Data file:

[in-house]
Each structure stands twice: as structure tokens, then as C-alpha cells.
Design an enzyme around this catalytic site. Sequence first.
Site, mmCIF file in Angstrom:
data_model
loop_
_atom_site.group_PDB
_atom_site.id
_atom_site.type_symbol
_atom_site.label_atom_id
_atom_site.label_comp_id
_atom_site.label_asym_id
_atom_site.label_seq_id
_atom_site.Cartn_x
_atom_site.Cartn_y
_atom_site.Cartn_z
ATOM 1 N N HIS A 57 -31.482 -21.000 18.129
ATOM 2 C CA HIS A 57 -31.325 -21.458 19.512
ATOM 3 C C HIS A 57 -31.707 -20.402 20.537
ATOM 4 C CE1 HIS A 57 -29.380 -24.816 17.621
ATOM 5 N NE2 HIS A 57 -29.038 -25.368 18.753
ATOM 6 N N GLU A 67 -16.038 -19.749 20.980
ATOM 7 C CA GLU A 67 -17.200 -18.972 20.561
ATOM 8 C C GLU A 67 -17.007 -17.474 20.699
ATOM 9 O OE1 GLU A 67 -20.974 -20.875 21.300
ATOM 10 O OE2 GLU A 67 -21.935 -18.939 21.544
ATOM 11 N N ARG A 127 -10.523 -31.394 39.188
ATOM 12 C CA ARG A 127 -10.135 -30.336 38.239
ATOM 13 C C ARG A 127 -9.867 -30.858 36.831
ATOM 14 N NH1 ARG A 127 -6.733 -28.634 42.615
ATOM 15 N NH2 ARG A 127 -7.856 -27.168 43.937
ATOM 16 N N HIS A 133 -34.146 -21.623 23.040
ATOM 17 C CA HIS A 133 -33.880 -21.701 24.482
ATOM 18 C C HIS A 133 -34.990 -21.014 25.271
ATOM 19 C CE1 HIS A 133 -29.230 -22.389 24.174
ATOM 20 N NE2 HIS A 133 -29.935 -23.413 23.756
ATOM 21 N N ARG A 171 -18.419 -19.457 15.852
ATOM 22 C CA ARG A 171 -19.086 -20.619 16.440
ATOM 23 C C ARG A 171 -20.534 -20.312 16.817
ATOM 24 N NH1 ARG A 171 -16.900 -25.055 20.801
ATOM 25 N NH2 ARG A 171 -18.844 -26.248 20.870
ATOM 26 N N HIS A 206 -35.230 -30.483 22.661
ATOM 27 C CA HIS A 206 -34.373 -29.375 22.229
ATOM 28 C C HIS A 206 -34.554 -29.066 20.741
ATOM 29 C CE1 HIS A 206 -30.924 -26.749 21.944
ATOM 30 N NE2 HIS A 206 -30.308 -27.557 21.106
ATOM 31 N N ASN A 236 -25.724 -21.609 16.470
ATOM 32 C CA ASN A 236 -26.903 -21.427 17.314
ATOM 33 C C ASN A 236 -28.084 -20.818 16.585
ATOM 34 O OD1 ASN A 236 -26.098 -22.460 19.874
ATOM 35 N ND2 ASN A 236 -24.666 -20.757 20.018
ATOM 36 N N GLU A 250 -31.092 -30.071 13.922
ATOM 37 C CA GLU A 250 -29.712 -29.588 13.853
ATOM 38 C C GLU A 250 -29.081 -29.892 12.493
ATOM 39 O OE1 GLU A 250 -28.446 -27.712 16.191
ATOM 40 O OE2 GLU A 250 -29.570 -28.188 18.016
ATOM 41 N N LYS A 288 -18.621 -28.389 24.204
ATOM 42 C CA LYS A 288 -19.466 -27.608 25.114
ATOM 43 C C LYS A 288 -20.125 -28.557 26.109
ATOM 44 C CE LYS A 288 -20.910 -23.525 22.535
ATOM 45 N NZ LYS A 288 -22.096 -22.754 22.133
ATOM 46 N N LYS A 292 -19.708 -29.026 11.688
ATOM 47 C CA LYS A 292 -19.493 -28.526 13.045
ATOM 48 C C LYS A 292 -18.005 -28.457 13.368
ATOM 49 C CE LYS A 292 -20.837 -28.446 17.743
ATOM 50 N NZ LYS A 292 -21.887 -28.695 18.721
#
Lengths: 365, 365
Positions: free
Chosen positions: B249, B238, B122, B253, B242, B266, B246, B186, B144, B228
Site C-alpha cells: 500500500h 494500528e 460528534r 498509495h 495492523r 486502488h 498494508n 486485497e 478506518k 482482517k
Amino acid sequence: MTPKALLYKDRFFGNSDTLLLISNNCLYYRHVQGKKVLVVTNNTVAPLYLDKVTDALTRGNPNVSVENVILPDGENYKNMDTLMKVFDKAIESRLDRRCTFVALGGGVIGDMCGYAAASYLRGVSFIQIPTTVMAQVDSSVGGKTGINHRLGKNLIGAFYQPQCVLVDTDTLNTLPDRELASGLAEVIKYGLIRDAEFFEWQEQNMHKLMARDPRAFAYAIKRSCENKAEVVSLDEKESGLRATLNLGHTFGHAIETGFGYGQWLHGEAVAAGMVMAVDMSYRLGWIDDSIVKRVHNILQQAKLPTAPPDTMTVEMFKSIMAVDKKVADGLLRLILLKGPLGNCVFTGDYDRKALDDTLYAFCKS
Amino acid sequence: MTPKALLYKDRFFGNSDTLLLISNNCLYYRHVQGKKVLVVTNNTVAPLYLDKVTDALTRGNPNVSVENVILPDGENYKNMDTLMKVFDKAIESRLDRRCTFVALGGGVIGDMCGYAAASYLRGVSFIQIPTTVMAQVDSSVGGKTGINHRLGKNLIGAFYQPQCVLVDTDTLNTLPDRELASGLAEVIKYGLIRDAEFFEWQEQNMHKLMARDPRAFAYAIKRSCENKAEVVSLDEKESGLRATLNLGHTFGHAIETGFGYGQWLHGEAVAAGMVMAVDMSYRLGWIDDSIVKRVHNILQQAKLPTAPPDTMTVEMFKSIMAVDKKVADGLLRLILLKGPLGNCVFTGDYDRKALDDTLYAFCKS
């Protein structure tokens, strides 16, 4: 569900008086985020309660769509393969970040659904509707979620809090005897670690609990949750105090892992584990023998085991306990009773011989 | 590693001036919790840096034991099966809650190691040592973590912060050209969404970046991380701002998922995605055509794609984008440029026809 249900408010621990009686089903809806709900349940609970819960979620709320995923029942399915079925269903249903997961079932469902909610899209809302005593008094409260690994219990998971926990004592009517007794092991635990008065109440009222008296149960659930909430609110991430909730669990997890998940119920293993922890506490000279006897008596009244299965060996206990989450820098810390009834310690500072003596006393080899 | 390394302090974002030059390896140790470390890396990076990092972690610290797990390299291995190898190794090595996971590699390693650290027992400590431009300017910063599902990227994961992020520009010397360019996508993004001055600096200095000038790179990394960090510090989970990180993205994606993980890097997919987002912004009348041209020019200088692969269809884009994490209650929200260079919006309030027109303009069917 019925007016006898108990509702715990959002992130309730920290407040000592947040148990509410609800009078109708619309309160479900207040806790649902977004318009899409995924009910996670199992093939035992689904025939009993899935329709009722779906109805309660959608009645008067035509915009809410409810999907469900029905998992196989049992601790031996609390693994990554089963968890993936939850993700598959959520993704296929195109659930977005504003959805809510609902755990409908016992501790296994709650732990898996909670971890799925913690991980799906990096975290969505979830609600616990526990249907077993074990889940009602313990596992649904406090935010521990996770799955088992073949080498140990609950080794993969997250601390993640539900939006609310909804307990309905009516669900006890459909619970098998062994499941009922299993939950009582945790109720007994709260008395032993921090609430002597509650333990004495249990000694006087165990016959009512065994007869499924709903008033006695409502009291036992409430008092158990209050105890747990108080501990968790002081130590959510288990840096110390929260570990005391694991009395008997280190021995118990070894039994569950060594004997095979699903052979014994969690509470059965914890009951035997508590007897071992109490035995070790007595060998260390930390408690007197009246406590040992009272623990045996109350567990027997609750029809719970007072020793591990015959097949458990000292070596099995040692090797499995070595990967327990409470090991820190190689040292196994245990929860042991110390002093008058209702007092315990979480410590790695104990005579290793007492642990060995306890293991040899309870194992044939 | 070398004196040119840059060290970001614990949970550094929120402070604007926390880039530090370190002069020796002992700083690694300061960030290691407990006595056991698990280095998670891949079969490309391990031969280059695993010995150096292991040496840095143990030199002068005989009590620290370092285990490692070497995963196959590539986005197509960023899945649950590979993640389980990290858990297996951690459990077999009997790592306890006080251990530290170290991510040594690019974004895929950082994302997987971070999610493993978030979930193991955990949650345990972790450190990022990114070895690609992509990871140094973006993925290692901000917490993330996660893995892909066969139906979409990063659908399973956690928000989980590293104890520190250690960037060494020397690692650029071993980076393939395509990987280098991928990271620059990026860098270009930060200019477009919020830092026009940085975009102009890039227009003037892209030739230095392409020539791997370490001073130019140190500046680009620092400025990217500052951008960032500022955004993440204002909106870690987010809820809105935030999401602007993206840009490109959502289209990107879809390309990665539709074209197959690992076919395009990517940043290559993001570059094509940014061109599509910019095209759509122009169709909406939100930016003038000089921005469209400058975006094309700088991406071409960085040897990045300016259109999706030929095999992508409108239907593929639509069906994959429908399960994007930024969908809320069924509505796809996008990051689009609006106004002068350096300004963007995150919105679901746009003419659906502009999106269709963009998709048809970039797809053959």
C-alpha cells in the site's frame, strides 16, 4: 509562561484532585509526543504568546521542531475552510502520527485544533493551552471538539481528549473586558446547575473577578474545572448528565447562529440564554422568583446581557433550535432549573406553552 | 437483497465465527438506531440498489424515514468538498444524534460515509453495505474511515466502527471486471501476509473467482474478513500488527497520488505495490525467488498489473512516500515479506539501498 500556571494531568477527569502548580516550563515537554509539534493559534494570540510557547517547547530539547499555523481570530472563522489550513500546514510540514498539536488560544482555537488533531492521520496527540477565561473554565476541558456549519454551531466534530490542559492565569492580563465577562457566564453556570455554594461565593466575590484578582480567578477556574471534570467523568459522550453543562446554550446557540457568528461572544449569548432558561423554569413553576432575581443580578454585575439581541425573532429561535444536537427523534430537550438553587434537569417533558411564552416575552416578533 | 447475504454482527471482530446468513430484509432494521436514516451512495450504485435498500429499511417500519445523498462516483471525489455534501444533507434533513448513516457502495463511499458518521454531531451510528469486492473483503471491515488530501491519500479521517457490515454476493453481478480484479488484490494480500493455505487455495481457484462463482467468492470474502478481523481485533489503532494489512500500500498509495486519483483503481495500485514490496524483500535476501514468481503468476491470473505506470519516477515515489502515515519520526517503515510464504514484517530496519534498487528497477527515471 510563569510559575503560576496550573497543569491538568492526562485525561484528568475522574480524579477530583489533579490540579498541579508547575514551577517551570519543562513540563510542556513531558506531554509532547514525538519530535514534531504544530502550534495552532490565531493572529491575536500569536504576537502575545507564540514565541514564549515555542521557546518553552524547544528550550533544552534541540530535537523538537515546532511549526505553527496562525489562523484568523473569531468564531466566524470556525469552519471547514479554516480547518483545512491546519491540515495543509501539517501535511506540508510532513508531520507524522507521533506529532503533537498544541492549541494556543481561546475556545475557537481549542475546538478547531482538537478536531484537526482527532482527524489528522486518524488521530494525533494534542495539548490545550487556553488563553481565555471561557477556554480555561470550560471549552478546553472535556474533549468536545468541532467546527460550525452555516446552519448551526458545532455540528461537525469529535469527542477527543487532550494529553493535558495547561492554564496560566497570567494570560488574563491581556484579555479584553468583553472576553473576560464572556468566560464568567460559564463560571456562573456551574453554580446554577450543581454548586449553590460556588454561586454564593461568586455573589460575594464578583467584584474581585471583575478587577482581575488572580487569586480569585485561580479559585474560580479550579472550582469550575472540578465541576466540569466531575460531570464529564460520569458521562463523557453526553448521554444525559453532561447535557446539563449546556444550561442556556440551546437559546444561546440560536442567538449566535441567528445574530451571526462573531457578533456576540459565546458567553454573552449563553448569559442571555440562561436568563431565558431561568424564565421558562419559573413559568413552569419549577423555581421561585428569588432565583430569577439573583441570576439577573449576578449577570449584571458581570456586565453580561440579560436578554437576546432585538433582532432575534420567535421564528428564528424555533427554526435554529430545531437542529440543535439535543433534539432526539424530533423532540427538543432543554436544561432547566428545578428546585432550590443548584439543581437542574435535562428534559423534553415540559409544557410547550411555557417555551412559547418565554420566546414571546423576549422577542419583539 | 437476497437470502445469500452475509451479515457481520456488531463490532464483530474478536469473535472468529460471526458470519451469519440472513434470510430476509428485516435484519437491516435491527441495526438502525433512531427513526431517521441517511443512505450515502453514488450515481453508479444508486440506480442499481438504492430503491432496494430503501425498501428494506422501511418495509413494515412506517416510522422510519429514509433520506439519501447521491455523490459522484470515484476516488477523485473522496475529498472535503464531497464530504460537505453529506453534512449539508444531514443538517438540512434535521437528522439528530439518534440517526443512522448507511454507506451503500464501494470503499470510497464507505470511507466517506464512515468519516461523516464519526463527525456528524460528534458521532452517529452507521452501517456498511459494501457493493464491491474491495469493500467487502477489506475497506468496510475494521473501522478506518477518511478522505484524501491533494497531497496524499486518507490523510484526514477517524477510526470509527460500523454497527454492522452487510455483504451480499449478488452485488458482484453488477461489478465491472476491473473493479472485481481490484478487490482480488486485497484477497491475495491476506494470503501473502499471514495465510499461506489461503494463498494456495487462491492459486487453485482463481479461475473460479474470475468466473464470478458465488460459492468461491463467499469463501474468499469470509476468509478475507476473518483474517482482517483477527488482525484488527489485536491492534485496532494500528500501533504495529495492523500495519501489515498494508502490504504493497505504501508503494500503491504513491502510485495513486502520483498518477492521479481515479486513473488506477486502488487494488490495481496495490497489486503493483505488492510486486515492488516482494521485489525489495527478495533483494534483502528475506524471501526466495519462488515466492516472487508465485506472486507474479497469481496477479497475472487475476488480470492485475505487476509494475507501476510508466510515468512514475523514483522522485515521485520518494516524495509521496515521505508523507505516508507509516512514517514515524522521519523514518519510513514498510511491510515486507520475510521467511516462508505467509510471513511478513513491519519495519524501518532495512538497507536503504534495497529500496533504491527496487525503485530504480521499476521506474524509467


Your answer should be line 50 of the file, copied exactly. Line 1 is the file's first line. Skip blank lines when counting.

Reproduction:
ATOM 34 O OD1 ASN A 236 -26.098 -22.460 19.874